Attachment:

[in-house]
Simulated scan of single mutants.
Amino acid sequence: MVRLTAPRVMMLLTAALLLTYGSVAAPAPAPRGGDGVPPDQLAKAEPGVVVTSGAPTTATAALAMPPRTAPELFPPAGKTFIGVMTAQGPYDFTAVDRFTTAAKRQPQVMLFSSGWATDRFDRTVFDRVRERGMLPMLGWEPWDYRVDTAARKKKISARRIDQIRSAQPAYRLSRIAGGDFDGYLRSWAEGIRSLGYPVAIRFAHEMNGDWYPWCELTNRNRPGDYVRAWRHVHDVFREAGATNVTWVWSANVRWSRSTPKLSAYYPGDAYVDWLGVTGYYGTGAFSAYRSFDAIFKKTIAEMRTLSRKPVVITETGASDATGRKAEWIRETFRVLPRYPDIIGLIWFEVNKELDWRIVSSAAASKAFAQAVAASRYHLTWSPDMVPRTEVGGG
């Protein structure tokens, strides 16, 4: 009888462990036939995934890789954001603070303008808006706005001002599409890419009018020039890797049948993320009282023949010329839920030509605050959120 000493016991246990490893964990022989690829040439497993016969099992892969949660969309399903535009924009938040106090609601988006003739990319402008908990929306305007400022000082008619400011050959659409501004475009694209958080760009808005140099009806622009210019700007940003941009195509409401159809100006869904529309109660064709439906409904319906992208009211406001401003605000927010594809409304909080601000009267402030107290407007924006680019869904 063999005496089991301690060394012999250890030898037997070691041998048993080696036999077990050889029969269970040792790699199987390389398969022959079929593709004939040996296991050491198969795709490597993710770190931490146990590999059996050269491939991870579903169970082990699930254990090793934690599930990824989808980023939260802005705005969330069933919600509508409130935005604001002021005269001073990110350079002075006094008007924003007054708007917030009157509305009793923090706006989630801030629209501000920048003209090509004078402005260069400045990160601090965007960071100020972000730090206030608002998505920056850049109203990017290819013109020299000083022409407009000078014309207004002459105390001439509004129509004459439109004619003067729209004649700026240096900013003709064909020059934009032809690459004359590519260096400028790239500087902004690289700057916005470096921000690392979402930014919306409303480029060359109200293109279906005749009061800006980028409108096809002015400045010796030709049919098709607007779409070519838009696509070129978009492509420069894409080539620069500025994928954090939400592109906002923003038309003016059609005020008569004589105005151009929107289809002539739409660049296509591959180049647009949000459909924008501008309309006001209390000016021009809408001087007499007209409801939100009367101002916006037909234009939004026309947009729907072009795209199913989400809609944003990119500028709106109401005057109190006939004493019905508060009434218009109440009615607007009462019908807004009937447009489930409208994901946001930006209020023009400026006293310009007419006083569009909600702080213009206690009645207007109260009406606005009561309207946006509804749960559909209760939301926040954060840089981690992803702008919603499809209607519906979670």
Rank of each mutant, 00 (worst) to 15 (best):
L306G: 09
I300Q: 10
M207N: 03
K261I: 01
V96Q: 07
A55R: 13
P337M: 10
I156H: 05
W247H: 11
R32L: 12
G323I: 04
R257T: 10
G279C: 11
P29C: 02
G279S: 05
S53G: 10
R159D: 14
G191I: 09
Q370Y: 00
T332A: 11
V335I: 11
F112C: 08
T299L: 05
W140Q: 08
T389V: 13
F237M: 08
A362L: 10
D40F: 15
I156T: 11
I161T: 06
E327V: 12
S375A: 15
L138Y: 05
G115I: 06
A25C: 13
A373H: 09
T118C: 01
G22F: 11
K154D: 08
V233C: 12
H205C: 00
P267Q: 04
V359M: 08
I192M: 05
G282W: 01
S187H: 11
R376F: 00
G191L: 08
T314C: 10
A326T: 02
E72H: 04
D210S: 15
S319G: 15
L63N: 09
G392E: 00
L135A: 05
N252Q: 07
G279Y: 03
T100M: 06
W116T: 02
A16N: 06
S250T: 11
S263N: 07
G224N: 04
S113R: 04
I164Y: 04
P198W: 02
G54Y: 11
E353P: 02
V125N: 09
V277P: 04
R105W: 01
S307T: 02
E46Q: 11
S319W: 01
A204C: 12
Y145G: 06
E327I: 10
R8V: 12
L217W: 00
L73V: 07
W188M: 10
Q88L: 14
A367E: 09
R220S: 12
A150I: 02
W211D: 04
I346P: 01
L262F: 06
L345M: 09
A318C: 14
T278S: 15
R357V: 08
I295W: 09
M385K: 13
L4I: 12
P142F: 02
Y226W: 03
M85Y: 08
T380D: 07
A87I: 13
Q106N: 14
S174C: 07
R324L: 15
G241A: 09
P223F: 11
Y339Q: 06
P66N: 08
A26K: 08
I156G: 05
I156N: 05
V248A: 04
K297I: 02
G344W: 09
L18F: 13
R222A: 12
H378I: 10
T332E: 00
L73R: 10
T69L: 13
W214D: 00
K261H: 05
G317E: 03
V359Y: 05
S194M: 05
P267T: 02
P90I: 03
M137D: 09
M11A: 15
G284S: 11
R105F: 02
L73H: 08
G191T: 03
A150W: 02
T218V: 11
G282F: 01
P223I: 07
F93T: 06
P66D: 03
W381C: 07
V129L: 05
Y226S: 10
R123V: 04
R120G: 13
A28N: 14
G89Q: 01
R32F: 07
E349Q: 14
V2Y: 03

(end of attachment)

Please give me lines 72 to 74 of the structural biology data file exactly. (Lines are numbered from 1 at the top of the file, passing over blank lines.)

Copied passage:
P198W: 02
G54Y: 11
E353P: 02